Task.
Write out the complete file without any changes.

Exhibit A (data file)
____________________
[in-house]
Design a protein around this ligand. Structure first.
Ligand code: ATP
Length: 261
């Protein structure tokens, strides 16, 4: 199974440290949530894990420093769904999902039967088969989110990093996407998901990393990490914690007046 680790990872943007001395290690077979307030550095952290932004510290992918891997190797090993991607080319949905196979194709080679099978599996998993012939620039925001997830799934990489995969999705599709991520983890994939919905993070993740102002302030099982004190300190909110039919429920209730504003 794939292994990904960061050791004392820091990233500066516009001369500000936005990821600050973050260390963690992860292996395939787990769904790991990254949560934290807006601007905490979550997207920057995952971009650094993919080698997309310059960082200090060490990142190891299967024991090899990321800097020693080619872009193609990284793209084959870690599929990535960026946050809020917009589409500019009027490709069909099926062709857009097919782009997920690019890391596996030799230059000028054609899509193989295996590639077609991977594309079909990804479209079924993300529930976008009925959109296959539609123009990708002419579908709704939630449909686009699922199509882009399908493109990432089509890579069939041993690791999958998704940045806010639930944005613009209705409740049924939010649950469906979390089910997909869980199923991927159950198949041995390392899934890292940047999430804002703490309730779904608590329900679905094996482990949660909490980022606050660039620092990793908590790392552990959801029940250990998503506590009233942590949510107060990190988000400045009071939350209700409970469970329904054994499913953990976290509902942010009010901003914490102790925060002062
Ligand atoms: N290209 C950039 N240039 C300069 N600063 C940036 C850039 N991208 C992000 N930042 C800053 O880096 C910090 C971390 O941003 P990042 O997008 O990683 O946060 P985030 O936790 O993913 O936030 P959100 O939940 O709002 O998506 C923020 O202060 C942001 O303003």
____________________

[in-house]
Design a protein around this ligand. Structure first.
Ligand code: ATP
Length: 261
């Protein structure tokens, strides 16, 4: 199974440290949530894990420093769904999902039967088969989110990093996407998901990393990490914690007046 680790990872943007001395290690077979307030550095952290932004510290992918891997190797090993991607080319949905196979194709080679099978599996998993012939620039925001997830799934990489995969999705599709991520983890994939919905993070993740102002302030099982004190300190909110039919429920209730504003 794939292994990904960061050791004392820091990233500066516009001369500000936005990821600050973050260390963690992860292996395939787990769904790991990254949560934290807006601007905490979550997207920057995952971009650094993919080698997309310059960082200090060490990142190891299967024991090899990321800097020693080619872009193609990284793209084959870690599929990535960026946050809020917009589409500019009027490709069909099926062709857009097919782009997920690019890391596996030799230059000028054609899509193989295996590639077609991977594309079909990804479209079924993300529930976008009925959109296959539609123009990708002419579908709704939630449909686009699922199509882009399908493109990432089509890579069939041993690791999958998704940045806010639930944005613009209705409740049924939010649950469906979390089910997909869980199923991927159950198949041995390392899934890292940047999430804002703490309730779904608590329900679905094996482990949660909490980022606050660039620092990793908590790392552990959801029940250990998503506590009233942590949510107060990190988000400045009071939350209700409970469970329904054994499913953990976290509902942010009010901003914490102790925060002062
Ligand atoms: N290209 C950039 N240039 C300069 N600063 C940036 C850039 N991208 C992000 N930042 C800053 O880096 C910090 C971390 O941003 P990042 O997008 O990683 O946060 P985030 O936790 O993913 O936030 P959100 O939940 O709002 O998506 C923020 O202060 C942001 O303003």